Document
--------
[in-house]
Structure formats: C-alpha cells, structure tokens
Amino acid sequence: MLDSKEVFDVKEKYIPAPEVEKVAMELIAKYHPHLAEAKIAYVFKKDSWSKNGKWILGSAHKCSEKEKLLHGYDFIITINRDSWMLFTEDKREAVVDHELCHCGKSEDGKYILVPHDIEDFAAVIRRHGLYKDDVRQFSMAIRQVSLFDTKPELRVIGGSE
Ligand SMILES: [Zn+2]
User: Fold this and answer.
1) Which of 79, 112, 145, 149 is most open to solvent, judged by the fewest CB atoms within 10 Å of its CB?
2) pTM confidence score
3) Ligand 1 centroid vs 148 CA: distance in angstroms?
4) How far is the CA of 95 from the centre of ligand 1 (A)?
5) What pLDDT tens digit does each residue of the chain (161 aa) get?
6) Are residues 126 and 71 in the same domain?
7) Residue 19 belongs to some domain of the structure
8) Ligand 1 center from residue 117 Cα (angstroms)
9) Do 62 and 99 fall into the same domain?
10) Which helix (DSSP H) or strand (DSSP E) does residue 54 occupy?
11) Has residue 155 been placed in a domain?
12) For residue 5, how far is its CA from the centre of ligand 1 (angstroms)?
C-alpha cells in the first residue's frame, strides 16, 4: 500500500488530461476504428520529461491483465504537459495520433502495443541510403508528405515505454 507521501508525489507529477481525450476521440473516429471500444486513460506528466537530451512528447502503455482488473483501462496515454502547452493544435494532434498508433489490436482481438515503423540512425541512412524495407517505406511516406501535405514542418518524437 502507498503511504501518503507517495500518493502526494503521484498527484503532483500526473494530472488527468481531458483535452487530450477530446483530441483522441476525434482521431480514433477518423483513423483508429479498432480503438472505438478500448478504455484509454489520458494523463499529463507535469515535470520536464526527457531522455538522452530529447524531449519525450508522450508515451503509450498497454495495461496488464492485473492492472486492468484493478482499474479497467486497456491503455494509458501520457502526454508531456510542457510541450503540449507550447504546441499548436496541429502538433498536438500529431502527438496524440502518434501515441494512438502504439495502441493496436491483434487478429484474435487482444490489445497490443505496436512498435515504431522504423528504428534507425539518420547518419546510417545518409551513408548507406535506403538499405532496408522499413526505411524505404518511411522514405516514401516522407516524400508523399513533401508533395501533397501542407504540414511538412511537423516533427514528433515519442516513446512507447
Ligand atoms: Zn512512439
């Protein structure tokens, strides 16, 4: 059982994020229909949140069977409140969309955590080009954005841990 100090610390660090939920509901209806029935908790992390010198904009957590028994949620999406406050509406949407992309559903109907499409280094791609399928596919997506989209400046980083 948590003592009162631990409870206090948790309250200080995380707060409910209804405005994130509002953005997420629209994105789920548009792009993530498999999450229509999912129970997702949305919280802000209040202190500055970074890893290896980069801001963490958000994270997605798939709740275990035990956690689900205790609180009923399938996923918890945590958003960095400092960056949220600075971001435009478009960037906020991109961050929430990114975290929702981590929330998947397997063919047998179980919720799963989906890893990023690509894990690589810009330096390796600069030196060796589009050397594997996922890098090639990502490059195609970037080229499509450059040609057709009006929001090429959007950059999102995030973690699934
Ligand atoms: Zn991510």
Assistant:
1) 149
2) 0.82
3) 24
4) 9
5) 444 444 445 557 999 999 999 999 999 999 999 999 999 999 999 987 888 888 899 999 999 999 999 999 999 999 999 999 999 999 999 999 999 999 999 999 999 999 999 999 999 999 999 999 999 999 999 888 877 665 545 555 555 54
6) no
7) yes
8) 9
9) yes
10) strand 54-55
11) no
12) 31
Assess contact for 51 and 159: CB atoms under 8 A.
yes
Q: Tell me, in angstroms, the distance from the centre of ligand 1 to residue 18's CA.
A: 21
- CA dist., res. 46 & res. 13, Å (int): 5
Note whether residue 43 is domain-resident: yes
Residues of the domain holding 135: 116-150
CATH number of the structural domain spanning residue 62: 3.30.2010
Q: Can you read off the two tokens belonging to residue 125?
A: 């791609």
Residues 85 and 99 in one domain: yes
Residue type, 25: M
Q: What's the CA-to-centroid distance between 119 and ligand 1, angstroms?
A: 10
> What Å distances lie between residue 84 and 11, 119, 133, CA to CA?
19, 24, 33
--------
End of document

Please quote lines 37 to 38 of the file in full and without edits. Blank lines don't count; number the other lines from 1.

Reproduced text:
Q: Tell me, in angstroms, the distance from the centre of ligand 1 to residue 18's CA.
A: 21